I came around to the start/finish line, had nice encouragement from the many relay runners who were astounded someone would do this solo and hit the finish line just under 4:09. A PR in hand on a beautiful day in the autumn in the Midwest. It also turned out I was second in the solo division, so won a nice prize, a free night at the new high rise Marriott Hotel in downtown Indianapolis. Sweet.
The marathon is a wonderful yet exacting taskmaster...it teaches you much and gives no quarter. On reflection, I realized I hurt my chances for a sub 4 by going out too quickly. Even though this was my 41st marathon, I still get amped up on race day, especially when the weather is perfect and the atmosphere encouraging. Gotta remember that, dude.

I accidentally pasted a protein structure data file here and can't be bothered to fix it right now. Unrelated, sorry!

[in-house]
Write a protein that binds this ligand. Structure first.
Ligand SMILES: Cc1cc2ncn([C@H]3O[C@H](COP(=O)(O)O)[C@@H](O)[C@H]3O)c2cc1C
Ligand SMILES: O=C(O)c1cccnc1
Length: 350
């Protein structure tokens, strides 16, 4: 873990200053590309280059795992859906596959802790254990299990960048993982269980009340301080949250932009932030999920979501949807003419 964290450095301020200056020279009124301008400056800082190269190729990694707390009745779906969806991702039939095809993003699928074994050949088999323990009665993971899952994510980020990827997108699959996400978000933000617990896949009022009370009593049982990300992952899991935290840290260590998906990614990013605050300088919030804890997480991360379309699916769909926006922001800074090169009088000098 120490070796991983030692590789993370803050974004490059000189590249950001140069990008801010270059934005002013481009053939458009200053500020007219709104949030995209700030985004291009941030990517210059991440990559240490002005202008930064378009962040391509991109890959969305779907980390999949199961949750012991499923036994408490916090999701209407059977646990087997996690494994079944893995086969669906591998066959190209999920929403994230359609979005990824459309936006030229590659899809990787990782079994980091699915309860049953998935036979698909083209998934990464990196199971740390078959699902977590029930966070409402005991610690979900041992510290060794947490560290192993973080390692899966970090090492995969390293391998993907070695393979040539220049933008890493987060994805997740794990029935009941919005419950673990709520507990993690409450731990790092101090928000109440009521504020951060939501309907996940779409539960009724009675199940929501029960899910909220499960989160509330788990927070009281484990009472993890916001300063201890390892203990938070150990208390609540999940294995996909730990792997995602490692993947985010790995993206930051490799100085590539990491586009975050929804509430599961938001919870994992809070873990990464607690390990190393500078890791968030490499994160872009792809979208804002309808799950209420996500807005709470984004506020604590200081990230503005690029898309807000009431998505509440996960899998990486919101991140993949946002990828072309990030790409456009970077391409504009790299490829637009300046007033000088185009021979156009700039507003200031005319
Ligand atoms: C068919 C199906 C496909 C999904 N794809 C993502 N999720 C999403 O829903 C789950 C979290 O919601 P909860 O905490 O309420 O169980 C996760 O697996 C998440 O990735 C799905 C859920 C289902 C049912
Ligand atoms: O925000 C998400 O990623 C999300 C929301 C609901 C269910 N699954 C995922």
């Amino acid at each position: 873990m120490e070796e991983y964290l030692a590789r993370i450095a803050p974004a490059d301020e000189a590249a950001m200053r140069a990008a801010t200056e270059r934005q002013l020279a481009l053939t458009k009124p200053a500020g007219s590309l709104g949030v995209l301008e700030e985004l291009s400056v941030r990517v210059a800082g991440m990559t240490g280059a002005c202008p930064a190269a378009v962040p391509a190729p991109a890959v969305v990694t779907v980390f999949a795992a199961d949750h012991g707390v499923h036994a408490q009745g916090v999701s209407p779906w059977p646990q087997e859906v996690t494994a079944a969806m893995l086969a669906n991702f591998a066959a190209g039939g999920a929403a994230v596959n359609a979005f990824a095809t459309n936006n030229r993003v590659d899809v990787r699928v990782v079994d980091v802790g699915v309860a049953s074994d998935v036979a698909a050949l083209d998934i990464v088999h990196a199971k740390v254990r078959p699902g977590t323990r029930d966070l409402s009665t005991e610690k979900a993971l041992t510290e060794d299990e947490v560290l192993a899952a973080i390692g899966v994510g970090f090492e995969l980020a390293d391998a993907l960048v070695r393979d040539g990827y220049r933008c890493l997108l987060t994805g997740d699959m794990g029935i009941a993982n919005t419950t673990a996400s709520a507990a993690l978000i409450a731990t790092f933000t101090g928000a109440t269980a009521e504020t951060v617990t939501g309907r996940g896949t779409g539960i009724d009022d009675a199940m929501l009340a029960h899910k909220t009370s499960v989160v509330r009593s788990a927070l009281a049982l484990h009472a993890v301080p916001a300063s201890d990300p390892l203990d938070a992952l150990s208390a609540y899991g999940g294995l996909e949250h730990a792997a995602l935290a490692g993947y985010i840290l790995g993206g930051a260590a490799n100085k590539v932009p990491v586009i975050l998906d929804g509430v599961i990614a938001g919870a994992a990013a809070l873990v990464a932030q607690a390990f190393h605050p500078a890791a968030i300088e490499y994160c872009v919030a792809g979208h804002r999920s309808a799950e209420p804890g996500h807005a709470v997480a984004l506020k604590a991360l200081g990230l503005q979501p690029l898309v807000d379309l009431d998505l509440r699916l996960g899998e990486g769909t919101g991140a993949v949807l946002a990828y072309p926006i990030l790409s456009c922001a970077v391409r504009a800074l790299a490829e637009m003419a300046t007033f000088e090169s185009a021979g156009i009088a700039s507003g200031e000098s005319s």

I also wonder about my run/walk ratio and plan. Pushing to a 8:30 run pace may be a bit much. I am truly thinking about idling back to a pace of 9:00/mile even, walking briefly through water stops and trying to make a go of the sub four that way. The next serious shot will be on November 2, again in downtown Indy, at the Monumental Marathon. I will ponder this a good bit between now and then.
In the meantime, I have a 4:08 in hand. This means I ran a marathon faster at age 59 than I did at age 27, my prior PR of 4:16. That makes me smile and makes me grateful for the gift of health over many years.
Thanks for your support. Persevere.